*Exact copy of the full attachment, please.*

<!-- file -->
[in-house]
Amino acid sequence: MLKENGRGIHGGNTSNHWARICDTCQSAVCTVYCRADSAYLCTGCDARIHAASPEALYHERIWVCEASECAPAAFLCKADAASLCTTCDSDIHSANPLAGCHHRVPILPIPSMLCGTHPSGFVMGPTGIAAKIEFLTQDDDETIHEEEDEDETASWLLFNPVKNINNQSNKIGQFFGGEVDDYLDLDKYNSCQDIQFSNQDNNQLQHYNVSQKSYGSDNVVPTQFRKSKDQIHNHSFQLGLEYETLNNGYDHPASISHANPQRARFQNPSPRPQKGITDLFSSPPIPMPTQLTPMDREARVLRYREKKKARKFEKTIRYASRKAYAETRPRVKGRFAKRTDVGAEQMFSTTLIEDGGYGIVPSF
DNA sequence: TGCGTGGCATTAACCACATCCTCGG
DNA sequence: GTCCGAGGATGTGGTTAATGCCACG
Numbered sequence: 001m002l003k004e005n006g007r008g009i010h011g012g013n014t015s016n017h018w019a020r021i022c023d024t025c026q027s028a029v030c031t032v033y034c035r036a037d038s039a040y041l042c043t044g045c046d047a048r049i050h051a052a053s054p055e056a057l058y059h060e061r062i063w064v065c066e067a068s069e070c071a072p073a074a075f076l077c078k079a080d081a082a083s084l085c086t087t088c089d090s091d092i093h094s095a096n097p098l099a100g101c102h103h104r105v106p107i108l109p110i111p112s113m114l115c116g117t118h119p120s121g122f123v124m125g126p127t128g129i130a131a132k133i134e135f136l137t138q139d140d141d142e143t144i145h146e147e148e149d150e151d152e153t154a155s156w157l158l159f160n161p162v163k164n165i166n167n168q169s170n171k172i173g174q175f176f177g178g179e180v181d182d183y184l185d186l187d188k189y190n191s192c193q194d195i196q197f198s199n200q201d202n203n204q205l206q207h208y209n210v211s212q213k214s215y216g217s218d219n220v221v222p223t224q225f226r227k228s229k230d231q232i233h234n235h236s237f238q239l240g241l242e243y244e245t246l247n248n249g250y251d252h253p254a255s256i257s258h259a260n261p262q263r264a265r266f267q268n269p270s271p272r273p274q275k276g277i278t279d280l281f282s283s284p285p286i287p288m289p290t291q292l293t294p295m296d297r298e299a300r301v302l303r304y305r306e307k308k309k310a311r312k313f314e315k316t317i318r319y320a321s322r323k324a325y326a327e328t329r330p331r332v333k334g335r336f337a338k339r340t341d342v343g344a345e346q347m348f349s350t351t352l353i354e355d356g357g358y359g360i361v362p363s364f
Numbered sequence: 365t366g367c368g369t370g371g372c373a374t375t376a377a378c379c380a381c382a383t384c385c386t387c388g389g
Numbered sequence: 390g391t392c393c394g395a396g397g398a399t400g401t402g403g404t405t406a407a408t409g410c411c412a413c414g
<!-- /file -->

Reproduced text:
[in-house]
Amino acid sequence: MLKENGRGIHGGNTSNHWARICDTCQSAVCTVYCRADSAYLCTGCDARIHAASPEALYHERIWVCEASECAPAAFLCKADAASLCTTCDSDIHSANPLAGCHHRVPILPIPSMLCGTHPSGFVMGPTGIAAKIEFLTQDDDETIHEEEDEDETASWLLFNPVKNINNQSNKIGQFFGGEVDDYLDLDKYNSCQDIQFSNQDNNQLQHYNVSQKSYGSDNVVPTQFRKSKDQIHNHSFQLGLEYETLNNGYDHPASISHANPQRARFQNPSPRPQKGITDLFSSPPIPMPTQLTPMDREARVLRYREKKKARKFEKTIRYASRKAYAETRPRVKGRFAKRTDVGAEQMFSTTLIEDGGYGIVPSF
DNA sequence: TGCGTGGCATTAACCACATCCTCGG
DNA sequence: GTCCGAGGATGTGGTTAATGCCACG
Numbered sequence: 001m002l003k004e005n006g007r008g009i010h011g012g013n014t015s016n017h018w019a020r021i022c023d024t025c026q027s028a029v030c031t032v033y034c035r036a037d038s039a040y041l042c043t044g045c046d047a048r049i050h051a052a053s054p055e056a057l058y059h060e061r062i063w064v065c066e067a068s069e070c071a072p073a074a075f076l077c078k079a080d081a082a083s084l085c086t087t088c089d090s091d092i093h094s095a096n097p098l099a100g101c102h103h104r105v106p107i108l109p110i111p112s113m114l115c116g117t118h119p120s121g122f123v124m125g126p127t128g129i130a131a132k133i134e135f136l137t138q139d140d141d142e143t144i145h146e147e148e149d150e151d152e153t154a155s156w157l158l159f160n161p162v163k164n165i166n167n168q169s170n171k172i173g174q175f176f177g178g179e180v181d182d183y184l185d186l187d188k189y190n191s192c193q194d195i196q197f198s199n200q201d202n203n204q205l206q207h208y209n210v211s212q213k214s215y216g217s218d219n220v221v222p223t224q225f226r227k228s229k230d231q232i233h234n235h236s237f238q239l240g241l242e243y244e245t246l247n248n249g250y251d252h253p254a255s256i257s258h259a260n261p262q263r264a265r266f267q268n269p270s271p272r273p274q275k276g277i278t279d280l281f282s283s284p285p286i287p288m289p290t291q292l293t294p295m296d297r298e299a300r301v302l303r304y305r306e307k308k309k310a311r312k313f314e315k316t317i318r319y320a321s322r323k324a325y326a327e328t329r330p331r332v333k334g335r336f337a338k339r340t341d342v343g344a345e346q347m348f349s350t351t352l353i354e355d356g357g358y359g360i361v362p363s364f
Numbered sequence: 365t366g367c368g369t370g371g372c373a374t375t376a377a378c379c380a381c382a383t384c385c386t387c388g389g
Numbered sequence: 390g391t392c393c394g395a396g397g398a399t400g401t402g403g404t405t406a407a408t409g410c411c412a413c414g